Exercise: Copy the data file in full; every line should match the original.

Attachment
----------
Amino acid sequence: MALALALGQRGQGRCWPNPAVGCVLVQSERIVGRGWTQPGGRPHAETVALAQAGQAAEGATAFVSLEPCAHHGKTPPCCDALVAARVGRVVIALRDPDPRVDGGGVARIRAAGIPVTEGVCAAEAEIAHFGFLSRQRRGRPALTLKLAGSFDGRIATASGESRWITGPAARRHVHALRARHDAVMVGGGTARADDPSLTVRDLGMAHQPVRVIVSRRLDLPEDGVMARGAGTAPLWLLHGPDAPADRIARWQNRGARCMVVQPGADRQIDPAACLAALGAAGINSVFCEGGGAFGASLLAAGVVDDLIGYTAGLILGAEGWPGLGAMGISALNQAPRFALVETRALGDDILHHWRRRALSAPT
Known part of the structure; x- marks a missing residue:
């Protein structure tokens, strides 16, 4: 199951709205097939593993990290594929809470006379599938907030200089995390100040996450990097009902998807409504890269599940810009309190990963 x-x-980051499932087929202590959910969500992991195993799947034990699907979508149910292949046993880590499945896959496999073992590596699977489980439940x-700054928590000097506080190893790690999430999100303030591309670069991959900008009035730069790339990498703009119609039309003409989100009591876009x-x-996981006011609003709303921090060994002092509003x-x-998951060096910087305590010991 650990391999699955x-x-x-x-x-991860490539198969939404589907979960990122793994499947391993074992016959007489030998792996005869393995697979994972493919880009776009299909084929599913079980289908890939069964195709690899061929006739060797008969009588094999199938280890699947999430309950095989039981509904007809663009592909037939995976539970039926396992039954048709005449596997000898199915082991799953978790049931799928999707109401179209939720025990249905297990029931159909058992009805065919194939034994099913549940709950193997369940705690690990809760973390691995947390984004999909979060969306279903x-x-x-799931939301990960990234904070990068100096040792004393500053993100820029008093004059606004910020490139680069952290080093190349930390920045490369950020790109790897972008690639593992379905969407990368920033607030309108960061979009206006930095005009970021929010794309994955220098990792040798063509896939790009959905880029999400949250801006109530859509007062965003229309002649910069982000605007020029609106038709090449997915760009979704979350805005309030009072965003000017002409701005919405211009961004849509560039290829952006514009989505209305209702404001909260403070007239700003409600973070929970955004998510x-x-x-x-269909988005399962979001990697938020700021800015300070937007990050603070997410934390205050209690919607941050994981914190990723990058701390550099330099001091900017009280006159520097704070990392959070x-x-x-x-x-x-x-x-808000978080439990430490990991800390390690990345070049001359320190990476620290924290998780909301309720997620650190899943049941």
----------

Amino acid sequence: MALALALGQRGQGRCWPNPAVGCVLVQSERIVGRGWTQPGGRPHAETVALAQAGQAAEGATAFVSLEPCAHHGKTPPCCDALVAARVGRVVIALRDPDPRVDGGGVARIRAAGIPVTEGVCAAEAEIAHFGFLSRQRRGRPALTLKLAGSFDGRIATASGESRWITGPAARRHVHALRARHDAVMVGGGTARADDPSLTVRDLGMAHQPVRVIVSRRLDLPEDGVMARGAGTAPLWLLHGPDAPADRIARWQNRGARCMVVQPGADRQIDPAACLAALGAAGINSVFCEGGGAFGASLLAAGVVDDLIGYTAGLILGAEGWPGLGAMGISALNQAPRFALVETRALGDDILHHWRRRALSAPT
Known part of the structure; x- marks a missing residue:
């Protein structure tokens, strides 16, 4: 199951709205097939593993990290594929809470006379599938907030200089995390100040996450990097009902998807409504890269599940810009309190990963 x-x-980051499932087929202590959910969500992991195993799947034990699907979508149910292949046993880590499945896959496999073992590596699977489980439940x-700054928590000097506080190893790690999430999100303030591309670069991959900008009035730069790339990498703009119609039309003409989100009591876009x-x-996981006011609003709303921090060994002092509003x-x-998951060096910087305590010991 650990391999699955x-x-x-x-x-991860490539198969939404589907979960990122793994499947391993074992016959007489030998792996005869393995697979994972493919880009776009299909084929599913079980289908890939069964195709690899061929006739060797008969009588094999199938280890699947999430309950095989039981509904007809663009592909037939995976539970039926396992039954048709005449596997000898199915082991799953978790049931799928999707109401179209939720025990249905297990029931159909058992009805065919194939034994099913549940709950193997369940705690690990809760973390691995947390984004999909979060969306279903x-x-x-799931939301990960990234904070990068100096040792004393500053993100820029008093004059606004910020490139680069952290080093190349930390920045490369950020790109790897972008690639593992379905969407990368920033607030309108960061979009206006930095005009970021929010794309994955220098990792040798063509896939790009959905880029999400949250801006109530859509007062965003229309002649910069982000605007020029609106038709090449997915760009979704979350805005309030009072965003000017002409701005919405211009961004849509560039290829952006514009989505209305209702404001909260403070007239700003409600973070929970955004998510x-x-x-x-269909988005399962979001990697938020700021800015300070937007990050603070997410934390205050209690919607941050994981914190990723990058701390550099330099001091900017009280006159520097704070990392959070x-x-x-x-x-x-x-x-808000978080439990430490990991800390390690990345070049001359320190990476620290924290998780909301309720997620650190899943049941």